Haputale, 9 August
The internet said it couldn’t be done, but we manage to get from the rainforest of Deniyaya to the cloud forests and tea plantations of Haputale by local bus. It takes us just about 8 hours, but we have seats for most of it and the views over the valleys are spectacular.
Haputale is situated at 1431m above sea level and on clear nights from the hotel you can see the lights on the southern beaches a hundred kilometers away.
In the early morning we requisition a tuktuk to take us up to Lipton’s Seat, a panoramic viewpoint where Glasgow born Sir Thomas Lipton used to survey his tea empire. Lauren gets to drive us up and proves to be a natural at it, we’re still alive at any rate.
After a final climb up on foot, we get an idea of just how massive this weegie’s tea plantation is.
The size of the plantation only becomes more apparent when to save ourselves a gruelling 4 hour walk back to town, we take a straight line down through the tea plantation. This photo is taken just minutes before we manage to get ourselves completely lost.
At a Tamil farm village we’re directed to the main road, and once there seize the opportunity to hitch a ride on a 16 seater autobus just passing by. There’s just enough room to squeeze in and we’re feeling pretty chuffed, when the bus picks up more and more people on the way and the headcount gets to 34 including the driver, who is about the only one of us not pressed into someone’s armpit, while being jabbed in the side by someone’s elbow.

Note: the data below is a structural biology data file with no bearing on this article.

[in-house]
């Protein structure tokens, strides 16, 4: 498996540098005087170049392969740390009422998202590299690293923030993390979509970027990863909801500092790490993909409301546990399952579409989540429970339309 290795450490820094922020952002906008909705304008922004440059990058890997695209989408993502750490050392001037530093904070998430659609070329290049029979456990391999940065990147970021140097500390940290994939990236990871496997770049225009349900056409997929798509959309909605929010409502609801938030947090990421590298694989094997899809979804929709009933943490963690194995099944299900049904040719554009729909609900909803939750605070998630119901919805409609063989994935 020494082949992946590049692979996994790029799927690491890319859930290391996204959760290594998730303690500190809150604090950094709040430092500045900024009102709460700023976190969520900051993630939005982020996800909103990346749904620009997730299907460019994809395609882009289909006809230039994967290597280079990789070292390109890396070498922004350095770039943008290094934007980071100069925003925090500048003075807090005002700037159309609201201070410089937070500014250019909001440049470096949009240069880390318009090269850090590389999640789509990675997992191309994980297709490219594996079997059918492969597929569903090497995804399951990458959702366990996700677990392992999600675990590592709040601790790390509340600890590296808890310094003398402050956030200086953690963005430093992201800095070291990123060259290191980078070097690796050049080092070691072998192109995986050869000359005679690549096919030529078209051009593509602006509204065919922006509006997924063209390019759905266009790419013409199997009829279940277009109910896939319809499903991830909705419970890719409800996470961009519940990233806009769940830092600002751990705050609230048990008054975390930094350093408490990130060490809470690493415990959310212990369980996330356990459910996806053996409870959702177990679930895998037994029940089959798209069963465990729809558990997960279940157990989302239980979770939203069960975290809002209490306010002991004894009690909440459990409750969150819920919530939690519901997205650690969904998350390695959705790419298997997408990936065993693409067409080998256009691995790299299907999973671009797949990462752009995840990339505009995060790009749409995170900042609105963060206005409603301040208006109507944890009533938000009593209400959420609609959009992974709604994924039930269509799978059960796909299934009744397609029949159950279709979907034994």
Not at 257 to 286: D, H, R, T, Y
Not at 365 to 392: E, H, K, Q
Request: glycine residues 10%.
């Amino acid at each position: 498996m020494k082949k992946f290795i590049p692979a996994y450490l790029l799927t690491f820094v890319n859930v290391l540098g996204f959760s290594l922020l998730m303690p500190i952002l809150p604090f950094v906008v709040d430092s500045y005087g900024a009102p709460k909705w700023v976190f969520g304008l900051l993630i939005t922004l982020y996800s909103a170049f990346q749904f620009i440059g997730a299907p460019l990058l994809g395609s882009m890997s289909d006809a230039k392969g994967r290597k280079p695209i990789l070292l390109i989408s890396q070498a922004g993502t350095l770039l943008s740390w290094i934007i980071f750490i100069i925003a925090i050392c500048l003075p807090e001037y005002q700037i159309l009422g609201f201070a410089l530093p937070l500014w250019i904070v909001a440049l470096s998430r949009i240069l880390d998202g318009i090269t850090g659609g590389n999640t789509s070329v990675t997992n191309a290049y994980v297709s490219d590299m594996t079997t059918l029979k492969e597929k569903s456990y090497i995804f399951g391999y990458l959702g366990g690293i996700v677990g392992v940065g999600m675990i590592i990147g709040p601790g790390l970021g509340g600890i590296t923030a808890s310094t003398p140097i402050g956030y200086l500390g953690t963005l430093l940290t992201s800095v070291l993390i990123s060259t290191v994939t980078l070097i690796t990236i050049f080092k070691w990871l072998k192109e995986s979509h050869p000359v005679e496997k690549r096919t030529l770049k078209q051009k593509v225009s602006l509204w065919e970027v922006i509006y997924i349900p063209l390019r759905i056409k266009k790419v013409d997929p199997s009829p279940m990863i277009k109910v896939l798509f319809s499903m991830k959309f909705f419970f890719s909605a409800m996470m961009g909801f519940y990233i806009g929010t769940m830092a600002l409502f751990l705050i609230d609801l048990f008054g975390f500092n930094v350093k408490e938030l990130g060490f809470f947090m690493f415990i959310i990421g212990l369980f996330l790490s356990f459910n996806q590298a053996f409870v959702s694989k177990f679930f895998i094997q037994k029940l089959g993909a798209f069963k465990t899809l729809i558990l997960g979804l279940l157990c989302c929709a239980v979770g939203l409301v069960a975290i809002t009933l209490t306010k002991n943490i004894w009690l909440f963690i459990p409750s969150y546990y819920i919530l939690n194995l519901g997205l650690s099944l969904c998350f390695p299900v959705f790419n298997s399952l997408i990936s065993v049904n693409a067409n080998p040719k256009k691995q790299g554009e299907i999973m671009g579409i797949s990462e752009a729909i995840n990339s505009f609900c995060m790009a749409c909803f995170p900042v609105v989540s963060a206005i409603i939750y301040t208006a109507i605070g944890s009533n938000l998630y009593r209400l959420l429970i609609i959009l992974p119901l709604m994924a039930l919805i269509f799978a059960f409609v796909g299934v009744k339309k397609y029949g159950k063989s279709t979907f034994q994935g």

The concept of personal space is definitely different in this part of the world, but people are very considerate. Hard not to be when you’re standing this close to eachother. One guy even offers me to sit down. There’s no space to sit anywhere except for on his lap, which he points at invitingly, and I politely decline, which does not deter him from trying to touch my hand for the rest of the journey. Can’t say they’re not a friendly bunch the Sri Lankans.
Now along the entire road down there’s a hundred meter drop to the side and hardly enough space to pass oncoming traffic, plus we are definitely at maximum capacity, so it’s welcome to see the bus make a stop for the conductor to light a roadside shrine to promote a safe journey. Almost turned religious, we make sure to also thank the driver when we’re back safe in Haputale.
It’s been an intense couple of days so we both look forward to slow down the pace at our next stop: Ella.